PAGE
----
For many years, the increase in the number of transistors on a chip, as predicted by Moore’s Law, has resulted in higher clock speeds, and thus, greater performance; without any changes to software.  This has enabled the creation of advanced, performance-hungry applications, as well as an increase in software developer productivity through high-level programming languages that are enabled by these performance increases.

Due to power constraints, mainstream computer vendors have announced two significant changes in their future architectures. First, the dramatic increase in clock speeds they have provided in the past will no longer continue and the relative amount of cache memory per processor will decrease. Second, there will be an exponentially increasing number of processor cores on a chip.

These changes present two challenges to the software stack. Namely, how does the software deal with the stagnation of single threaded performance and cache memory, and how can the software utilize the additional capabilities provided by multiple cores on a chip?

For some classes of applications, such as transaction-based systems, these trends are not problematic.  These applications have natural parallelism and thus, can easily adapt to the multicore trend by having appropriate middleware map their parallelism to the multicore chips.  However, for other classes of applications, the shift to requiring parallelism to obtain performance is a significant unwanted challenge.

Utilizing  the cloud has emerged as an attractive and viable application development and deployment framework for commercial applications that must process vast amounts of data, utilizing hundreds of (possibly heterogeneous) cores. For these applications, parallelism – once an option – is now a requirement – and must be exploited to achieve historical increases in application performance that have also led to developer productivity improvements, which are key for developing more robust, sophisticated software applications.

These challenges are one of the hardest problems facing the computer industry today.

The X10 Project

IBM Research is developing the open-source X10 programming language to provide a programming model that can address the architectural challenge of multiples cores, hardware accelerators, clusters, and supercomputers in a manner that provides scalable performance in a productive manner.  The project leverages over nine years of language research funded, in part, by the DARPA/HPCS program.

X10 is a class-based, strongly-typed, garbage-collected, object-oriented language. To support concurrency and distribution, X10 uses the Asynchronous Partitioned Global Address Space programming model (APGAS). This model introduces two key concepts -- places and asynchronous tasks -- and a few mechanisms for coordination. With these, APGAS can express both regular and irregular parallelism, message-passing-style and active-message-style computations, fork-join and bulk-synchronous parallelism. In contrast to hybrid models like MPI+OpenMP, the same constructs underpin both intra- and inter-place concurrency.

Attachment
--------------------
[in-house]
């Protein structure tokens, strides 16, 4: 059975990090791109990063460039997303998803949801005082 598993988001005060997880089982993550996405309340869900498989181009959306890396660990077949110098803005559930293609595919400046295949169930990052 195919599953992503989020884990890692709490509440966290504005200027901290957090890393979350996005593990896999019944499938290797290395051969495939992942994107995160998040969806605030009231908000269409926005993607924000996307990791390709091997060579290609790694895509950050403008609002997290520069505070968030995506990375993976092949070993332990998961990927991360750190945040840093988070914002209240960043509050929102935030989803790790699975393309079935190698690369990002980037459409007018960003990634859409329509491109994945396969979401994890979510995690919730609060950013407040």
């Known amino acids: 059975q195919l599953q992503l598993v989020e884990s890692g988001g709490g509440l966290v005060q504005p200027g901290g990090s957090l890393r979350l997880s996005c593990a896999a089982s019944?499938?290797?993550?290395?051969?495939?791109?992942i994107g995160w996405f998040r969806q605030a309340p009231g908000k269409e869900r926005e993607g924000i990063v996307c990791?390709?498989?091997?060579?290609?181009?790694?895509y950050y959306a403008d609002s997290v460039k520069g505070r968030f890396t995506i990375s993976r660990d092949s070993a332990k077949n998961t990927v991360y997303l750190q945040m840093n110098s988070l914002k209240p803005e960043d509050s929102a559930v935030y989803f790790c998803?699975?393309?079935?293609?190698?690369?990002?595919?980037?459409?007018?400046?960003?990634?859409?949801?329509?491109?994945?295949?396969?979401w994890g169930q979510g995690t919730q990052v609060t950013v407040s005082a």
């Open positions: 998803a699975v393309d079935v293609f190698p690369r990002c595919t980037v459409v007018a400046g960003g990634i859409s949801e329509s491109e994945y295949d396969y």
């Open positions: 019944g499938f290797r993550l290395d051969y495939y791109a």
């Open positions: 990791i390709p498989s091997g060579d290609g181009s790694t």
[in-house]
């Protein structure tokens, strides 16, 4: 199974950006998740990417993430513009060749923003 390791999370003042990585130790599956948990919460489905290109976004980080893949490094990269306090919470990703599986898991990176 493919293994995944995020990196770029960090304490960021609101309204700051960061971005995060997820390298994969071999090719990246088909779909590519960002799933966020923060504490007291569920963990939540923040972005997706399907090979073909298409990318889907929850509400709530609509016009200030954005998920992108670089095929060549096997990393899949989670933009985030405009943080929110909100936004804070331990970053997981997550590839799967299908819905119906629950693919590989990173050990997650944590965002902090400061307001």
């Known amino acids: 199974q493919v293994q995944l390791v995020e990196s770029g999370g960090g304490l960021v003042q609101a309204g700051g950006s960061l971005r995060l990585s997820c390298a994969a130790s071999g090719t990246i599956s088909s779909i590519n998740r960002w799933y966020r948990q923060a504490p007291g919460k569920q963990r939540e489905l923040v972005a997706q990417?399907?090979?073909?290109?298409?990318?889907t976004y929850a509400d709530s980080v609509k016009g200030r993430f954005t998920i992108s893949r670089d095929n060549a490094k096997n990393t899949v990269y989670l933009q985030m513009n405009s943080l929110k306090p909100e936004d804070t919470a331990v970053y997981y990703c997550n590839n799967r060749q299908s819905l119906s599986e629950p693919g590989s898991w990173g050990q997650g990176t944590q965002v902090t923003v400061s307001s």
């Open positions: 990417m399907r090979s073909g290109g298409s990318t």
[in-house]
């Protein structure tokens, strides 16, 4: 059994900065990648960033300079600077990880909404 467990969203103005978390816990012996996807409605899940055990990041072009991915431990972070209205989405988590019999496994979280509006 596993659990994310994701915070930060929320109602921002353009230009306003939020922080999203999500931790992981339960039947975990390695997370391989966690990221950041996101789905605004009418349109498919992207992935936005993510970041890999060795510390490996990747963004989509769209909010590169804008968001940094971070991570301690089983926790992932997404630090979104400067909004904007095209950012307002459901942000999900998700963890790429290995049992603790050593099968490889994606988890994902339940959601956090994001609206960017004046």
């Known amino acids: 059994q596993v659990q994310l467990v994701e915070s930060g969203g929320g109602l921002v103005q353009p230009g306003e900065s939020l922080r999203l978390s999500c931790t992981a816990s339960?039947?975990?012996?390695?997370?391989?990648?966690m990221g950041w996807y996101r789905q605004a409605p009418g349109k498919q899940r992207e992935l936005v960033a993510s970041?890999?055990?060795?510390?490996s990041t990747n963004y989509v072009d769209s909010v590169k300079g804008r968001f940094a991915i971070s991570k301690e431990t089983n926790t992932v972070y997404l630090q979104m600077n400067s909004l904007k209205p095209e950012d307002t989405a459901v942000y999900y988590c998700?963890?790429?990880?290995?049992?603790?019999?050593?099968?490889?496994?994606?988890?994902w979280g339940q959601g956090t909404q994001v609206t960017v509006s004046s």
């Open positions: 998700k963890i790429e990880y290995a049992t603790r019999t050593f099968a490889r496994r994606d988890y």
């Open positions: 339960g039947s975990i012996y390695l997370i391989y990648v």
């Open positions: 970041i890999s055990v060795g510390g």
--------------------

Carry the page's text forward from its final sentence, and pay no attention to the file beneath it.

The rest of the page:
Both its modern, type-safe sequential core and simple programming model for concurrency and distribution contribute to making X10 a high-productivity language in the HPC and Big Data spaces. User productivity is further enhanced by providing tools such as an Eclipse-based IDE (X10DT). Implementations of X10 are available for a wide variety of hardware and software platforms ranging from laptops, to commodity clusters, to supercomputers.

IBM Research has significantly invested in the language design and implementation, tooling, developing applications, as well as working closely with over 35 universities around the world to improve the language and its implementation, developing course materials, and applications.  Through a series of X10 Innovation Grants, IBM Research awarded over $750K to grow the community around the language.  An X10 Birds-of-a-Feather session at the October 2010 ACM SPLASH conference drew over 100 researchers (video).  Courses and tutorials have been taught based on X10 at universities and major conferences in the US and abroad.  The first X10 workshop,  X10'11, was held at PLDI'11 in San Jose, CA on June 4, 2011.  Subsequent X10 workshops (X10'12, X10'13, X10'14) were also co-located with PLDI; we plan to continue this tradition in 2015. 

Read on: Getting started with X10